If you have friends who are independent contractors or working for startups, you’ve probably heard the term coworking. Although people’s notion of the concept is nothing more than a hip millennial trend, there are actually practical benefits to this model.
In this article, we’ll discuss what coworking is and what are the main purposes of this office space arrangement. We’ll also review the growth of this industry and what types of businesses can best benefit from a coworker community. If you want to learn just about everything you need to know about coworking spaces, get a drink, find a comfy seat, and read on.
What is Coworking?
Before we dig deeper, it’s important to settle this from the get-go: what is coworking? Though there are multiple approaches how to explaining coworking, let’s tackle the matter in the simplest way possible. In its most basic sense, it’s sharing a workspace with other people who may not belong to the same organization or even industry as you.
In real estate terms, this arrangement means several companies and individuals share an office that provides them with needed amenities to operate. These facilities include desks and chairs, couches, conference rooms, wifi, electric sockets, scanners, printers, and a pantry with coffee, tea, and water.
Some, however, offer more than the essentials. Some spaces provide chill-out lounges, a Skype room, a podcast room, pet-friendly offices, a library, table tennis, foosball, and even free beer!
Rent prices vary depending on duration and office place requirements. For example, freelancers and independent contractors may choose to get space in a free-seating area for a daily rate. Dedicated seats and private offices, on the other hand, can come at a higher cost and a monthly price at a minimum.
History of Coworking
When you’re not entirely familiar with the movement, you might ask, since when did coworking become a thing? It may not be as new as some perceive it to be. In fact, it has already been around for one and a half decades.
The roots of this movement date back to 2005. San Francisco-based software developer Brad Neuberg started a coworking space, where he invited programmers, writers, and other independent workers to join.
A few years later, coworking spaces started sprouting around, first in the US, then in other parts of the world. In 2010, August 9 was declared International Coworking Day.
What is the Purpose of Coworking?
Some might ask, why is there a need to work? After all, freelancers can simply work at home while startups can try to find their own office space, right? Here are some factors that make it a viable option for both workers and companies.
There’s a reason why many freelancers find themselves Googling “coworking space near me” wherever part of the world they may be. Without a doubt, doing your tasks in an office-like environment, albeit casual, makes you more productive. Anyone who ever tried working at home knows how hard it is to resist all distractions and keep focused on the task at hand. By working in a professional setting, you concentrate better and use your time more efficiently.
One of the drawbacks of independent work is the lack of socialization. Even if you and your colleagues chat daily via online platforms, it’s not the same as talking face to face. Working in a shared space allows people to interact not only with their colleagues but with other people as well.
For startups with limited funds, renting an office can cost an arm and a leg. Getting dedicated seats or private offices in a shared space can cut back rental expenses. Just think about it: you and all the other clients in the building will share the utility and maintenance costs. You don’t have to hire your receptionists, door attendants, custodians, or cleaners either.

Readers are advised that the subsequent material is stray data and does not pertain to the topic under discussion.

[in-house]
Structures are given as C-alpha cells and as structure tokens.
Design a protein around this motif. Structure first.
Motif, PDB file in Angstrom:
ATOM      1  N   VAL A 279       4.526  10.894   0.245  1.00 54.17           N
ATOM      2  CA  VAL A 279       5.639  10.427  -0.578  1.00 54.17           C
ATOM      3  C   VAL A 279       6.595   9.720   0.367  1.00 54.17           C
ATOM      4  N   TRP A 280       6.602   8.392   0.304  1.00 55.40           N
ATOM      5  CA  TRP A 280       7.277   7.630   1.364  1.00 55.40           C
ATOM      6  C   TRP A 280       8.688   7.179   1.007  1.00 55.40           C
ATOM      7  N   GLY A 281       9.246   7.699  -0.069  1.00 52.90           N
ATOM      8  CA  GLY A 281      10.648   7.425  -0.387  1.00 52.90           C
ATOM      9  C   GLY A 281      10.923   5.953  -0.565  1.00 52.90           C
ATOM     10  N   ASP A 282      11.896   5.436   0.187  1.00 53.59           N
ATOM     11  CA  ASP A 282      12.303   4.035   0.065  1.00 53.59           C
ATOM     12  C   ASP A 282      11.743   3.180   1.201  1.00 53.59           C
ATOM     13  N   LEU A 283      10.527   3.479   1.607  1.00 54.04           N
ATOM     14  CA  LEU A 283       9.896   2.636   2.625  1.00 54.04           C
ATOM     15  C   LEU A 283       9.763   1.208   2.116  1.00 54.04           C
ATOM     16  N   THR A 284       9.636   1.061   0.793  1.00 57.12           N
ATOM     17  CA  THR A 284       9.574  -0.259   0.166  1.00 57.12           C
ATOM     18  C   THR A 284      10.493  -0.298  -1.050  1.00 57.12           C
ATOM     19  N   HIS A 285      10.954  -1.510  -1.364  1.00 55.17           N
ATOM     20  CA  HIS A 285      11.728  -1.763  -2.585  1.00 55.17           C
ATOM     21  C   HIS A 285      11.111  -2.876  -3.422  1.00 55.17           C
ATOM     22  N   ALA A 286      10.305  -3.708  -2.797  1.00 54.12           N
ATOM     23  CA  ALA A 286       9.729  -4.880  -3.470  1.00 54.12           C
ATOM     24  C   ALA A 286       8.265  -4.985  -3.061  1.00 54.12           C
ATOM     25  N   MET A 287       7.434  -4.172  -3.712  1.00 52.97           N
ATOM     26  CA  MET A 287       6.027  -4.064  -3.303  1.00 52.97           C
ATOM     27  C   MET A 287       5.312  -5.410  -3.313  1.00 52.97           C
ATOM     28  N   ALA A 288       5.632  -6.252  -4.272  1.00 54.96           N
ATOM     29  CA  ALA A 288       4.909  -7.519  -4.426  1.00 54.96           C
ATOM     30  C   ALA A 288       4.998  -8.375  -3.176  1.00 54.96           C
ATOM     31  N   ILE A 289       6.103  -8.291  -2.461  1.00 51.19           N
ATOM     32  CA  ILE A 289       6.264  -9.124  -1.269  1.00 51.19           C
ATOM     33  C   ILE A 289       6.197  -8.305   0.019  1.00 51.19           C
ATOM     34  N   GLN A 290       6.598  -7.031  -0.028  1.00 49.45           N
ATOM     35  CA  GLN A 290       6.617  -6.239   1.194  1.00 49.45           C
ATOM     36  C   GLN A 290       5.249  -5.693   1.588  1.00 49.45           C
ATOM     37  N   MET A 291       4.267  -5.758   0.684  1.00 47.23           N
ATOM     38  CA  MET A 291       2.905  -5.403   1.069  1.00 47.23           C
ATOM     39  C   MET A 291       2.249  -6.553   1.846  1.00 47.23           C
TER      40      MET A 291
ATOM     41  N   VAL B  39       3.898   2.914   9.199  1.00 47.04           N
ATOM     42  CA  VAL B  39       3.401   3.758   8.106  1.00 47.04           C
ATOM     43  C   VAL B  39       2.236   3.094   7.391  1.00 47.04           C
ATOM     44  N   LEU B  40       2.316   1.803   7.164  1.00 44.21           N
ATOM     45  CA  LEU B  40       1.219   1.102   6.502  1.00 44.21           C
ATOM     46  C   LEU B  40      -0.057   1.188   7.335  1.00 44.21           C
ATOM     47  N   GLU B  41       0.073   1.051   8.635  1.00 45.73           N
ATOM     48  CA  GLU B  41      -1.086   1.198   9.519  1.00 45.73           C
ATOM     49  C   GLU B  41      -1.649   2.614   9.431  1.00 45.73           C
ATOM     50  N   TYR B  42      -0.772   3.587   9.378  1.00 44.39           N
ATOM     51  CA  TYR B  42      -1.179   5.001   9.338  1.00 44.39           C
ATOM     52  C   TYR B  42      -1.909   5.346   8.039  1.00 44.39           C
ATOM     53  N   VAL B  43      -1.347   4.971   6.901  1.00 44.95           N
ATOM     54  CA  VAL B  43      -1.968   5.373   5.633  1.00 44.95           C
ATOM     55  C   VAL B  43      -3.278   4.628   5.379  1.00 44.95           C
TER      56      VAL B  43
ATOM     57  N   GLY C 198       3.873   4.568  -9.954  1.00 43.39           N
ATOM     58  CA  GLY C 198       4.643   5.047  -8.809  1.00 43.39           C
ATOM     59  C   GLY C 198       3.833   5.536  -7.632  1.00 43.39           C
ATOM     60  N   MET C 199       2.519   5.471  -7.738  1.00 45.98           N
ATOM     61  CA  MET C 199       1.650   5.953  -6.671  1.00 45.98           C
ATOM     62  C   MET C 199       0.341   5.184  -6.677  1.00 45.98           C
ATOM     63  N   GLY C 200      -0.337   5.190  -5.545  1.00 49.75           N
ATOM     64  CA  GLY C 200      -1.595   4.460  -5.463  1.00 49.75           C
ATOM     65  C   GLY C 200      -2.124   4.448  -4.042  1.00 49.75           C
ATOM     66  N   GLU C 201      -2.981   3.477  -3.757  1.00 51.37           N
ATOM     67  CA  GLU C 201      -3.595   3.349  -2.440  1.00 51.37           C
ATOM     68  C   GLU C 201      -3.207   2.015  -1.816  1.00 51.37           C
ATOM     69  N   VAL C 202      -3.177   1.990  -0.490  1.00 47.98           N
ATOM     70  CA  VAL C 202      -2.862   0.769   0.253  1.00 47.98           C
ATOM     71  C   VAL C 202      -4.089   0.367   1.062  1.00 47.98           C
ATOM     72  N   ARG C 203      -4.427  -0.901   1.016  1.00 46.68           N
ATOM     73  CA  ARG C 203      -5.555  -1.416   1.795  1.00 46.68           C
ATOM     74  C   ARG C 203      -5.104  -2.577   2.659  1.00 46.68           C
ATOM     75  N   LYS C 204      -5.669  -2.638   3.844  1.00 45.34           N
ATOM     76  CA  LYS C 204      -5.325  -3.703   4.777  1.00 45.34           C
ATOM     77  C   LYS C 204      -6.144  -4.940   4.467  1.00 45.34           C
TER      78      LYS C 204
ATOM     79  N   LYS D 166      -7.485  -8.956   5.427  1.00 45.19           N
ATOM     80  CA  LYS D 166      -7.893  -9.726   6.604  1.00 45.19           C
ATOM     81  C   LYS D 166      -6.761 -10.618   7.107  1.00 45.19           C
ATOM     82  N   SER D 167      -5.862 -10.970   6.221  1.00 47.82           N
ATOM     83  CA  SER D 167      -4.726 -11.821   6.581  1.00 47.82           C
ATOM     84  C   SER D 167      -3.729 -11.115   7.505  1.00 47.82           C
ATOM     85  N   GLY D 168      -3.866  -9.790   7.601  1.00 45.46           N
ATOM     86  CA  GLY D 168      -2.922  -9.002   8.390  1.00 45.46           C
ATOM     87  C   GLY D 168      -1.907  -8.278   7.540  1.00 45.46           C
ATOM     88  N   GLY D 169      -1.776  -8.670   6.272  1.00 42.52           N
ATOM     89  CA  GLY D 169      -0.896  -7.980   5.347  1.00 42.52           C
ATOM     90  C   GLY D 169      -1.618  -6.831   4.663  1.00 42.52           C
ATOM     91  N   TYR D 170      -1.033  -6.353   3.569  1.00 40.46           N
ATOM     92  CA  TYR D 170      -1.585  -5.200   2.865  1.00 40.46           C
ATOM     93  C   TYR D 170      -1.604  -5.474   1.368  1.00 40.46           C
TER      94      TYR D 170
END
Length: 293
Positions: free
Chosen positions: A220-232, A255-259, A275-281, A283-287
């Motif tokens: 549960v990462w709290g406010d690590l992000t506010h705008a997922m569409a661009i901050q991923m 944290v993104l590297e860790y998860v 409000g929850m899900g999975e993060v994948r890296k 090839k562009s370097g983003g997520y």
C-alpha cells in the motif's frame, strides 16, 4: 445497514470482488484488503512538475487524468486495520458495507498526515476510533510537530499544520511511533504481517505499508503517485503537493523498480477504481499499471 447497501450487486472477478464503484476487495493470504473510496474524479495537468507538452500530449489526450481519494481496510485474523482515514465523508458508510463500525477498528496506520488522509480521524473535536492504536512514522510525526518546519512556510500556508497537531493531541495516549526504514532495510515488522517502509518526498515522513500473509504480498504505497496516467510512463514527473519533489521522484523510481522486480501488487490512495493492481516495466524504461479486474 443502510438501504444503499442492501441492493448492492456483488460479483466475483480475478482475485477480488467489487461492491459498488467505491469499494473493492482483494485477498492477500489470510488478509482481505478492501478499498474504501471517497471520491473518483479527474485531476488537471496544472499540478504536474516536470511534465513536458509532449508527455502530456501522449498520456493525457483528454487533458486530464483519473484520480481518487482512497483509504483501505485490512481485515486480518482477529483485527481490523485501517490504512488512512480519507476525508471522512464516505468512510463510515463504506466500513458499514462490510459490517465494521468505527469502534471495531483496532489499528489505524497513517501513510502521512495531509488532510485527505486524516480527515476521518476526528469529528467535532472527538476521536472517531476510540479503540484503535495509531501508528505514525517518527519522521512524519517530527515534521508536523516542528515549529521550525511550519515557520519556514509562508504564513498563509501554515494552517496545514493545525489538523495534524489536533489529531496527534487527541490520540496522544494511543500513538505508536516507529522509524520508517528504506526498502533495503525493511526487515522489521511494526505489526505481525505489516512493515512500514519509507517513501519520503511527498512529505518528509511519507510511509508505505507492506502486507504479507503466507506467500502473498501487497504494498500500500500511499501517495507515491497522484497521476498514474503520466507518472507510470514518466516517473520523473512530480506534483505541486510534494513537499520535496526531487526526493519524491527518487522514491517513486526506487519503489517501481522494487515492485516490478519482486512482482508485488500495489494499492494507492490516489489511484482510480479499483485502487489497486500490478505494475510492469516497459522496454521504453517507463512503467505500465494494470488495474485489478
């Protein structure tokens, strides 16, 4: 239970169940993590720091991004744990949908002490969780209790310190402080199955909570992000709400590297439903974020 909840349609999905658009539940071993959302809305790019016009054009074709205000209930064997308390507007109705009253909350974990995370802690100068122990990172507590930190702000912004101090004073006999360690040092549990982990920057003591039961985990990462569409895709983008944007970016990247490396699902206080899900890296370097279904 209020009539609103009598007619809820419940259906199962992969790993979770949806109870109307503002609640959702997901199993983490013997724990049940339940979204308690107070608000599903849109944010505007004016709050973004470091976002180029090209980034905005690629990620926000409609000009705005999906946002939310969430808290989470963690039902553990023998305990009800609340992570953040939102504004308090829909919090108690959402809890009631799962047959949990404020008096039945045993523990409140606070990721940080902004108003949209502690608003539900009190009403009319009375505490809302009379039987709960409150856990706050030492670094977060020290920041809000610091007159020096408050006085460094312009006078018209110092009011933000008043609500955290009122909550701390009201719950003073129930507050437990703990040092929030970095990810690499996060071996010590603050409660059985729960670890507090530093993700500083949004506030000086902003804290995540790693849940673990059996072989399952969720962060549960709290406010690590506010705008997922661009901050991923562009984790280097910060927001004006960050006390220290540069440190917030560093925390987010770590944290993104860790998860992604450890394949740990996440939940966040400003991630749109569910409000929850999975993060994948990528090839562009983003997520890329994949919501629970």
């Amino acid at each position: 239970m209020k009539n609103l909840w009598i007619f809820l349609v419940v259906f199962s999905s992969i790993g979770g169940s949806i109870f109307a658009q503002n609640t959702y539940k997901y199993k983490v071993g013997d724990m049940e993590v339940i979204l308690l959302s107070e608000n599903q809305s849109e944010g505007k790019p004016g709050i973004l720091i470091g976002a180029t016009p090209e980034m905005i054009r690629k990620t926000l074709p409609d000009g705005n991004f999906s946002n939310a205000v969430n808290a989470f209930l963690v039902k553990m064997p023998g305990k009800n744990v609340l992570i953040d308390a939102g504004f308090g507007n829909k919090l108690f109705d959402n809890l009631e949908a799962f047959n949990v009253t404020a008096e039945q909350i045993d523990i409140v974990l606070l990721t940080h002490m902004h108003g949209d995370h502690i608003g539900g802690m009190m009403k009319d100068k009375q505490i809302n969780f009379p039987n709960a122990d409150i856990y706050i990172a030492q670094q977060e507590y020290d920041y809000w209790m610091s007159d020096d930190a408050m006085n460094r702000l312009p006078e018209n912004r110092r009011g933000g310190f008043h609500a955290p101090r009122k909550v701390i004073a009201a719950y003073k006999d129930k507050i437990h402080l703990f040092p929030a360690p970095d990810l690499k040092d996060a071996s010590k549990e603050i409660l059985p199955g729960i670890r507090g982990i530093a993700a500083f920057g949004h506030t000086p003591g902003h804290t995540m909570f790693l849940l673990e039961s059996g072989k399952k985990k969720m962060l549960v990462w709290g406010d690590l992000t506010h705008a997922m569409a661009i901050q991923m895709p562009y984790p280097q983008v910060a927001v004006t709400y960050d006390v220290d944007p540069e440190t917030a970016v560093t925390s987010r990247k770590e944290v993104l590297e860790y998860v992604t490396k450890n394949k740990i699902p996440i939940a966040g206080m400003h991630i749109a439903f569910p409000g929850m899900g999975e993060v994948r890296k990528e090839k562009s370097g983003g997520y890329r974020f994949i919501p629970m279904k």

For some industries, meeting clients at a coffee shop can be acceptable. In some circumstances, however, it can be a big no-no. Inviting clients to meet you at a conference room in your coworking space makes your brand appear more reliable and professional.
Working with other people in a shared space allows you to mingle and widen your network. This is a vital factor for independent workers and entrepreneurs looking for people to collaborate with. It can also bring huge opportunities for startups that are still trying to build their clientele.
The Growth of Coworking
With the rise of startups, virtual teams, and remote work, we can only expect the coworking industry to grow bigger. In fact, some thought leaders predict that it can be a new way of making a living in the next decades. Some also suggest that we’ll eventually drop the “co” and just refer to it merely as working. In short, it’s expected to be the new norm in commerce.
What Types of Businesses Use Coworking?
What is coworking good for? Here are the sectors that benefit the best from this arrangement.
As mentioned earlier, startups can save a lot in leasing and operation expenses if they decide to work. Setting up in a shared working space allows them to enjoy a decent office sans the hassle of upkeep. By saving on office costs, they can have a more massive working capital, which is always good for growing companies.
Remote Workers and Solopreneurs
Working in your bed while wearing pajamas might not be the most ideal if you need to be productive. By working in a shared space, you force yourself to get up, shower, put on nice clothes, and go out. Furthermore, a change of scene can do a lot to stimulate your mind and encourage you to work harder and smarter.
Whether you’re a digital nomad or a worker on the road, shared working spaces can do a lot to increase your productivity. If you’re in a new city, simply search “coworking space near me” online. Chances are, you’ll be offered a wide range of options to fit your needs and budget.